You might not see a tiny University of Michigan “block M" logo on the drugs, devices and methods your doctors use in the future.
But new ideas and technology developed at U-M may very well be behind the care you get.
In fact, more of those ideas and inventions are making their way out of U-M research laboratories and into the “real world" than ever before.
New data show this kind of technology transfer activity by U-M Medical Schoolscientists and doctors rose again in the last year. From new cancer drugs and a way to track medical implants, to mobile apps that could help people with bipolar disorder and parents installing child car seats, the school generated 39 percent of all inventions reported by U-M as a whole.
In the past two years, the school has introduced new programs to help the teams that come up with these new ideas.
“We know that much of the research we do won't make a difference for patients unless we help it bridge the gap between the university and the marketplace," says James O. Woolliscroft, M.D., dean of the Medical School. “That's why we have invested so heavily in resources to help our researchers develop their ideas in ways that can be attractive to industry, learn how to work with industry on collaborative research, and even start new companies of their own."
The increase in new inventions was aided by a partnership between U-M Tech Transfer and a new program, the Fast Forward Medical Innovation (FFMI) program, launched in 2014. This partnership includes programs to encourage and educate faculty researchers, and resources to further develop emerging new ideas.
In the fiscal year that ended in June, Medical School tech transfer activity resulted in:
- 166 new inventions, up from 133 the year before
- 51 new patent applications, up from 45
- 54 patents awarded, up from 39
- 74 new option and license agreements with industry, up from 60
- 10 new startup companies, up from 1.
- $74.8 million in revenues from Medical School tech transfer license agreements. A substantial component of these revenues is from a monetization agreement connected to a previous license for a drug initially developed at U-M to help patients with Gaucher disease.
The school is reinvesting much of its share of these revenues into an effort to improve how new drugs and ideas get tested in patients and healthy people who volunteer for clinical trials.In addition to moving ideas from U-M labs to the market, the Medical School has also worked to increase its partnerships with companies that need to test their new ideas, or develop them further, with independent help from U-M doctors and scientists:
- 13 percent of Medical School research funding now comes from industry, with $63.7M in funding granted by 265 companies in FY14.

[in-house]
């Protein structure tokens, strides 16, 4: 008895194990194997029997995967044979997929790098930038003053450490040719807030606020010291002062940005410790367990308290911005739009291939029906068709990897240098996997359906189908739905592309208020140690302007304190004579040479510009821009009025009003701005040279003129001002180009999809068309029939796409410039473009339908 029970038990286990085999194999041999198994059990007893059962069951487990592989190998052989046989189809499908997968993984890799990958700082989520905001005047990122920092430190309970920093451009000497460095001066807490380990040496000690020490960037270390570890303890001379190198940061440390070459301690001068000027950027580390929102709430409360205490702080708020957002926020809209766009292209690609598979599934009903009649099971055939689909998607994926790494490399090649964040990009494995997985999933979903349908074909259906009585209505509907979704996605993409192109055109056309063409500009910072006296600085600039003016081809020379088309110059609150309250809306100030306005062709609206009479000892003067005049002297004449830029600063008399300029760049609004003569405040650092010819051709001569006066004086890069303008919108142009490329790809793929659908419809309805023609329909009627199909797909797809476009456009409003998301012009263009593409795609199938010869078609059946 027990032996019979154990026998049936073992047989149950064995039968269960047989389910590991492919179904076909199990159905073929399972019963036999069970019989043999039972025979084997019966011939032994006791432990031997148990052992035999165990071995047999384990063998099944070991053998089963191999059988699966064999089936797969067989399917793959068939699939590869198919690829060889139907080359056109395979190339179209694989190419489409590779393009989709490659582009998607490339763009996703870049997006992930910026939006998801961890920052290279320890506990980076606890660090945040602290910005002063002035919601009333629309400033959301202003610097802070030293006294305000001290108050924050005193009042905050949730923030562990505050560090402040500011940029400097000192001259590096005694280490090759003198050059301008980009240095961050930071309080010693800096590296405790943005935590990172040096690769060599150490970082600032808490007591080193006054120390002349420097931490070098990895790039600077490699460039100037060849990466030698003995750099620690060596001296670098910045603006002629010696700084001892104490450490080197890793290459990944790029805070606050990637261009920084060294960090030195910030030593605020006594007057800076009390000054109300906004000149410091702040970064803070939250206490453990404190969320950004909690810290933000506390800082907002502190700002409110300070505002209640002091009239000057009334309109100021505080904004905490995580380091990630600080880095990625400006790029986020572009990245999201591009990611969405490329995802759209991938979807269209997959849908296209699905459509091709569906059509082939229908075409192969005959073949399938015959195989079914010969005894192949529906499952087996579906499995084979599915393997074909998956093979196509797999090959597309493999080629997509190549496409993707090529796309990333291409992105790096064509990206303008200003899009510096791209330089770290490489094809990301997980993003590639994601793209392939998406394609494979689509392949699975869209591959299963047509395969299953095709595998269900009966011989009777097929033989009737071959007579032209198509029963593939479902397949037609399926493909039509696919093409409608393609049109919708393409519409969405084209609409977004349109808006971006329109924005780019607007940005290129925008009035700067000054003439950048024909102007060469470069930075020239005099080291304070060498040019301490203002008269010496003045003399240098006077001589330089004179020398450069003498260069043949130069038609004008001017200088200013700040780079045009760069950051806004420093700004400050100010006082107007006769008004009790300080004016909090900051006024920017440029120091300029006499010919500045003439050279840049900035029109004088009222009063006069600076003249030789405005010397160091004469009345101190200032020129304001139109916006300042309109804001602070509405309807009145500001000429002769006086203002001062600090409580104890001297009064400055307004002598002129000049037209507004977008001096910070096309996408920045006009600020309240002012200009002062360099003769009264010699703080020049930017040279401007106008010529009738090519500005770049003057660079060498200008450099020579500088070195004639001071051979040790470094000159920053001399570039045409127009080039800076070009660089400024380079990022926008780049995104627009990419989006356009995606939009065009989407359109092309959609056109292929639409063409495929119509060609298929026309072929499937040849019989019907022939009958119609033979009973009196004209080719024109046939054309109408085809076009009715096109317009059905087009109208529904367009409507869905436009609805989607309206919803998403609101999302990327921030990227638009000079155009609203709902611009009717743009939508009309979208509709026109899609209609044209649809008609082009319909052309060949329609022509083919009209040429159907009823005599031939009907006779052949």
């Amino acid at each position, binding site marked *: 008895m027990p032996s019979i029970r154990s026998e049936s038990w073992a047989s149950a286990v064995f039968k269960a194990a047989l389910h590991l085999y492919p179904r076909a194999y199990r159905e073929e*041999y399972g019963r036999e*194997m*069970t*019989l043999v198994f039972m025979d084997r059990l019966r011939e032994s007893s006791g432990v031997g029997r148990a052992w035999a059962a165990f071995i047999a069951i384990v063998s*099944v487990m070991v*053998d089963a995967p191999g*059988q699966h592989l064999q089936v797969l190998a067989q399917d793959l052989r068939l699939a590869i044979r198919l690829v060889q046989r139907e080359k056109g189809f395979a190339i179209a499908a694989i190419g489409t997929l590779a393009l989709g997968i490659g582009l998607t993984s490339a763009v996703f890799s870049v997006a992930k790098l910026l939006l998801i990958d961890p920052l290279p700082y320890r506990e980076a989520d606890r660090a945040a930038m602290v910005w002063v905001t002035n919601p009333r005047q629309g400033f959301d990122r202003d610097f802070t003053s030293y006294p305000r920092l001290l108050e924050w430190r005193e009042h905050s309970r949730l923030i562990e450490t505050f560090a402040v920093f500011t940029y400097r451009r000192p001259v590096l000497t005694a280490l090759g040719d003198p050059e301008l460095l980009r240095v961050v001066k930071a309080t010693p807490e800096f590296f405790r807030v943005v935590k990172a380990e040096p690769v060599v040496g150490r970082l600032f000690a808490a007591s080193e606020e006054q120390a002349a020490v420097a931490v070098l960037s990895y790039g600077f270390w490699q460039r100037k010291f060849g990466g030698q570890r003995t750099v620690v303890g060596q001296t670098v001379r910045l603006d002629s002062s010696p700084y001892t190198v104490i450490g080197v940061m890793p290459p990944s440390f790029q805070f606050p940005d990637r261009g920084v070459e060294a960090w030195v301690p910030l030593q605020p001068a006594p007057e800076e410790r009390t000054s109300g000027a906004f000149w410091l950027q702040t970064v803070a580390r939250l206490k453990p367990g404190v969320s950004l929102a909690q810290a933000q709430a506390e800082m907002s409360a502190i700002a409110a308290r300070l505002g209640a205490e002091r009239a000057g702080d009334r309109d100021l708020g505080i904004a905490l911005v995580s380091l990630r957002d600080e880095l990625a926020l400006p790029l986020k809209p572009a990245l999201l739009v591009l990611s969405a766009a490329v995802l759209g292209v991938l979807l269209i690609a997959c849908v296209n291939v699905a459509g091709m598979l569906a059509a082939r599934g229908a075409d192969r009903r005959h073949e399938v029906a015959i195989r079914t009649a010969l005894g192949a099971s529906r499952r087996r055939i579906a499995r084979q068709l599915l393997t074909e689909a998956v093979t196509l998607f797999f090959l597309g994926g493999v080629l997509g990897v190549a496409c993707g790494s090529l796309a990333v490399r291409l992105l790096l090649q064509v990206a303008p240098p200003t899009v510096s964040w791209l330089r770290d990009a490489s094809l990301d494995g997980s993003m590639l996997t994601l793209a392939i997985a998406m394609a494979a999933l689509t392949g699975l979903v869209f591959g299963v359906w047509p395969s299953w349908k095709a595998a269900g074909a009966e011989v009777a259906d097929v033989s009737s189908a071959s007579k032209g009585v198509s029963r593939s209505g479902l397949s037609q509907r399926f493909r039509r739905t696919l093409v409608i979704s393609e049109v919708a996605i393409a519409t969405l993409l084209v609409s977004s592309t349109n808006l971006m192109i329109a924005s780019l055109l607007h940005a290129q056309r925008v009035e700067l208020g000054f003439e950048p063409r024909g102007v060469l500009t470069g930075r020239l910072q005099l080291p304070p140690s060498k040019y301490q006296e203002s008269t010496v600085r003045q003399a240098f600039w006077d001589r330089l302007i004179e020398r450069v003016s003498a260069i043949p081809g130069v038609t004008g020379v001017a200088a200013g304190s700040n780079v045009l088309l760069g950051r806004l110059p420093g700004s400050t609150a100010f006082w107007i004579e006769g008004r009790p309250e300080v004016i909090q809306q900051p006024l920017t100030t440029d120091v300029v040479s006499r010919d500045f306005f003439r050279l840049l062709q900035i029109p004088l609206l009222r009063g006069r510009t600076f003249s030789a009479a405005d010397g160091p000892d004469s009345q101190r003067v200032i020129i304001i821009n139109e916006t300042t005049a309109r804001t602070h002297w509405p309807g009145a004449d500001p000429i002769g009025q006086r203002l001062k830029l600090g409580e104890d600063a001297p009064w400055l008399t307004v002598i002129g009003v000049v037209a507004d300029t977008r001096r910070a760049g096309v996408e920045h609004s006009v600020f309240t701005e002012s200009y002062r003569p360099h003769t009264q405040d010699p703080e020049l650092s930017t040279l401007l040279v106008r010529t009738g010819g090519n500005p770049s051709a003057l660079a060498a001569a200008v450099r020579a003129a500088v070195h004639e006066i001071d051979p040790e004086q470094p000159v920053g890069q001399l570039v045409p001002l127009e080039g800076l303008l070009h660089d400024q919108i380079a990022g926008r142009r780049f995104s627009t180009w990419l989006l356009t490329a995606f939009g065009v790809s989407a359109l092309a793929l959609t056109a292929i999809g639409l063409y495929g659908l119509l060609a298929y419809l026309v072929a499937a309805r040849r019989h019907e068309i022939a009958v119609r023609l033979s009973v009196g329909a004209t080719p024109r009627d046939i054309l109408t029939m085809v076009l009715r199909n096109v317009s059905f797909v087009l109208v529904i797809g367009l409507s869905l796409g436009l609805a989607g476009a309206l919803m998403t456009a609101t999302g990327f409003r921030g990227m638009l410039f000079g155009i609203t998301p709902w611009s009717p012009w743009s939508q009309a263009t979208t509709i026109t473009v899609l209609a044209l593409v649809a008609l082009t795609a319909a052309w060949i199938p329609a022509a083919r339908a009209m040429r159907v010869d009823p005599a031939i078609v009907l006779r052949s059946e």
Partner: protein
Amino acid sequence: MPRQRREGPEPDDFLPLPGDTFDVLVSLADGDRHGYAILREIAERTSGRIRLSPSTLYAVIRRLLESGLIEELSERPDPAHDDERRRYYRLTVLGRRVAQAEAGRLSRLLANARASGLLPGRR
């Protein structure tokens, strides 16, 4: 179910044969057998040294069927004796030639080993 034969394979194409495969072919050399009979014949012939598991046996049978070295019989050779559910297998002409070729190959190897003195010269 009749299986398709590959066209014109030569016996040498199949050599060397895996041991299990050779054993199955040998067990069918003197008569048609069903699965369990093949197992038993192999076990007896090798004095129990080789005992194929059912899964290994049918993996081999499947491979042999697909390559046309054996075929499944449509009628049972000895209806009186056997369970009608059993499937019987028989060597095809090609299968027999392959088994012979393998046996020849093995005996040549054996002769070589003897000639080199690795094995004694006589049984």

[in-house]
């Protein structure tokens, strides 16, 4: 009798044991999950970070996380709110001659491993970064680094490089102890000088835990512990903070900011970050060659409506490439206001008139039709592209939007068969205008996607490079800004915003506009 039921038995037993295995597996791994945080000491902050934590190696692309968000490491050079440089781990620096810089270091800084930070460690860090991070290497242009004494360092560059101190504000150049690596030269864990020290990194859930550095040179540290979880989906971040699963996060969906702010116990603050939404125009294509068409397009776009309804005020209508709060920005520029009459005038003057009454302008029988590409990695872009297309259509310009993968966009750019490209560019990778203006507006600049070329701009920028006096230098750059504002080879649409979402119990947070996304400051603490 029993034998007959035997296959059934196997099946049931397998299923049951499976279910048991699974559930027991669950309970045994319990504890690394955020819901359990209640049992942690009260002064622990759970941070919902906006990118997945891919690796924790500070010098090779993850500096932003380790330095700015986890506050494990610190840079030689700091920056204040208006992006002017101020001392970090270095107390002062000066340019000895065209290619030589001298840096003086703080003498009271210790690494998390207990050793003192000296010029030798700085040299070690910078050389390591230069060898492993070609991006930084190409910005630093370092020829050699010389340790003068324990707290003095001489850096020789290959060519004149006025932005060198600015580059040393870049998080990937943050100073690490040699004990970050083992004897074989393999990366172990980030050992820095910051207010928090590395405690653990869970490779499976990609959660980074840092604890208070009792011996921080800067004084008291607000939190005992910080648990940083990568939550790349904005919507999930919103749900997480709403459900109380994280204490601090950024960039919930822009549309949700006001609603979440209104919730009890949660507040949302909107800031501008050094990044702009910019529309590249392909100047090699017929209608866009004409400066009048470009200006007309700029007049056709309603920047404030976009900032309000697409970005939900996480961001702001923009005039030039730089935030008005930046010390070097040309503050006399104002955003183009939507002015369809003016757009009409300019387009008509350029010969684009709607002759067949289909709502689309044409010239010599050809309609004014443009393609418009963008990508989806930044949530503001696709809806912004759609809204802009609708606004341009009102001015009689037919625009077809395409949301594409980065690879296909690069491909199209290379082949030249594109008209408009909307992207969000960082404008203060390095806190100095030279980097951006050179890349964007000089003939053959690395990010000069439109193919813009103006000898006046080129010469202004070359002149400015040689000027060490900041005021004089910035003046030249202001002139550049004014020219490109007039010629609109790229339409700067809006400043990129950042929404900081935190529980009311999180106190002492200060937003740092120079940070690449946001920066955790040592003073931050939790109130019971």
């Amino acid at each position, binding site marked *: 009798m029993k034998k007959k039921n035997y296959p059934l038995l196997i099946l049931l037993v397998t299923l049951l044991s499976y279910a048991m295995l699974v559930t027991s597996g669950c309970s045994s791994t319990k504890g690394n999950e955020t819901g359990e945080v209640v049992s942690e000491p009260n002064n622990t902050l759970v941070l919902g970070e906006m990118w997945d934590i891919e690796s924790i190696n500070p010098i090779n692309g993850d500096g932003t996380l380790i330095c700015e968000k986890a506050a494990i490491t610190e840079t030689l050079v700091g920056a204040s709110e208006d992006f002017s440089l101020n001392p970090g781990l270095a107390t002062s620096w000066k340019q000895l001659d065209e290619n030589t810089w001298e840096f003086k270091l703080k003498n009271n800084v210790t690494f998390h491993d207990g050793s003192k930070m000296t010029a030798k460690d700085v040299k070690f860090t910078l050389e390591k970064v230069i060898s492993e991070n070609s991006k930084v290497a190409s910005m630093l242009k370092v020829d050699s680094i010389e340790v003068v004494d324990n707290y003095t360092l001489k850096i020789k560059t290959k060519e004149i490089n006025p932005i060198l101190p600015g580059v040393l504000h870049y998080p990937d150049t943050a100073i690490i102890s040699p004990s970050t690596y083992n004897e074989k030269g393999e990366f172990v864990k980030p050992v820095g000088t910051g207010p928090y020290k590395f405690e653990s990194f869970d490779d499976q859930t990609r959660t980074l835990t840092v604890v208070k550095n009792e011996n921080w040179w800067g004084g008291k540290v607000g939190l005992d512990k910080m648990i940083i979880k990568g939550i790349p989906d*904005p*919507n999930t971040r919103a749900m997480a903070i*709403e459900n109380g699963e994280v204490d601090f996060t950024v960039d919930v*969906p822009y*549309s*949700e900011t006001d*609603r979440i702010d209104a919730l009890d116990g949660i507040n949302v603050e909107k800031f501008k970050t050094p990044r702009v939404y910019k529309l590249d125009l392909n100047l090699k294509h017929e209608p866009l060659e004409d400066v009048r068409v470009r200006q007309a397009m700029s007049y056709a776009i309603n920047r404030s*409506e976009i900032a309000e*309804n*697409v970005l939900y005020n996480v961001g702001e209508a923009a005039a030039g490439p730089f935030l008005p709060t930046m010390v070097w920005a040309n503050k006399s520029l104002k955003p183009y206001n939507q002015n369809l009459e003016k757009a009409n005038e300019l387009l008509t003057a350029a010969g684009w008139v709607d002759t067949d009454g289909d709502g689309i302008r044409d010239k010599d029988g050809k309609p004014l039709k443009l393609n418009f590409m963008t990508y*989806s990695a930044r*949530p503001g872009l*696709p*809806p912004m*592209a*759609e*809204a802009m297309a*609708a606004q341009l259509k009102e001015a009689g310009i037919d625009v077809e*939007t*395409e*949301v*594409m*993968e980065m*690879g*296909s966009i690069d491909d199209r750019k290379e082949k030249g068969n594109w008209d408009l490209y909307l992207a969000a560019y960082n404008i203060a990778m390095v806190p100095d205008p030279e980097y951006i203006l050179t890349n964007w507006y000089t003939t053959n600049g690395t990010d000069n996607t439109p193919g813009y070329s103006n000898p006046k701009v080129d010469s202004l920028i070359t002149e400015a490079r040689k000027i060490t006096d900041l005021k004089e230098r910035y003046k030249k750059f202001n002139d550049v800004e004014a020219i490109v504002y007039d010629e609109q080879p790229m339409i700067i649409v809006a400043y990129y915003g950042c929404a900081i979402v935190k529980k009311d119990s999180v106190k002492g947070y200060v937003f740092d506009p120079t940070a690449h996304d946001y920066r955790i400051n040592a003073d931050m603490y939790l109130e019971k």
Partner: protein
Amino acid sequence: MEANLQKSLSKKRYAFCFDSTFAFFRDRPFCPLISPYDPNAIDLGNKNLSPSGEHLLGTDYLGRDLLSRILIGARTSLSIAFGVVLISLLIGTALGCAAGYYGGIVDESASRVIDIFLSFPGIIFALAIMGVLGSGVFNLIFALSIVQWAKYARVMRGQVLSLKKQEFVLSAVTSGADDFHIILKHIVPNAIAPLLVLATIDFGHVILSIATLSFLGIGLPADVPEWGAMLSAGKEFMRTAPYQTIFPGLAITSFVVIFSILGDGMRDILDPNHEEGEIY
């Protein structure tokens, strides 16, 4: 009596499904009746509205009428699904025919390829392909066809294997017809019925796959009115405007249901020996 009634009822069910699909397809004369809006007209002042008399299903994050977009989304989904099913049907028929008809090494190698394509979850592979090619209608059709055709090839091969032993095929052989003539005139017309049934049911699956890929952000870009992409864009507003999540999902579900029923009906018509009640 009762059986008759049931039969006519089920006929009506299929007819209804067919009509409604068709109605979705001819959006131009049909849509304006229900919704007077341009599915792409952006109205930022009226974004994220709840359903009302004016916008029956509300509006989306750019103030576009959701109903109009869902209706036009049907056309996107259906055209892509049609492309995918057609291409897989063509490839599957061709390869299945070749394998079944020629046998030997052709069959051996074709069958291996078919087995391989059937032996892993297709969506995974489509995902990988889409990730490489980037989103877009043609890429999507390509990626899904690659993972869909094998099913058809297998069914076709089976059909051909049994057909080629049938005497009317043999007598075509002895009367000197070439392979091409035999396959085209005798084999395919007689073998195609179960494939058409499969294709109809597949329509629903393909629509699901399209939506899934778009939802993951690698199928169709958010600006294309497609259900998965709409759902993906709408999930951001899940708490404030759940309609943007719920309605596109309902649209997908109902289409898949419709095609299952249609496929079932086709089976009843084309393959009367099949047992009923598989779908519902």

- Industry grants for research at the Medical School rose 36 percent in the last four years.
- More than 516 clinical trials sponsored by industry are under way at U-M hospitals and clinics, giving patients access to the latest innovations and provides independent testing of future products.
"The research we do at this Medical School has an incredible potential to help patients in the near and long term, and we're working to unleash more of that potential than ever before."
- Kevin Ward, M.D., Executive Director, Fast Forward Medical Innovation
The long journey from a spark of an idea, to a product that can help patients, has many potential detours and potholes that can keep researchers from reaching their goal.
The Medical School now offers training, funding and mentoring that can help keep them on the path. This includes:
- “Tech mining" that actively looks at what's going on in Medical School labs with an eye toward finding ideas that could become products
- Millions of dollars in pre-seed funding to further develop emerging startups for private investment. The school even held an event based on the popular TV show “Shark Tank" that let teams compete in front of real-world investors.
- Commercialization education for faculty and students – more than 500 of whom signed up in the first year
- Other training, online and in person
- An innovation course for young doctors while they are still in training
- A 'path of excellence' for medical students who want to start leaning about innovation and entrepreneurship as part of their curriculum
- A “speed dating" event to connect those who have ideas for health apps and computer programs with those who have the skills to make them a reality
- An intensive technology development course for teams that provides a pathway to building the business case for their research-based project to generate a product
“It's been a whirlwind since we launched Fast Forward Medical Innovation, but these results and the incredible pipeline of other ideas we're building prove that investing in innovation can truly pay off," says Kevin Ward, M.D., executive director of FFMI. “The research we do at this Medical School has an incredible potential to help patients in the near and long term, and we're working to unleash more of that potential than ever before. Working closely with our innovation partners around campus including the UM Tech Transfer Office greatly enhances our ability to move those great ideas to impact "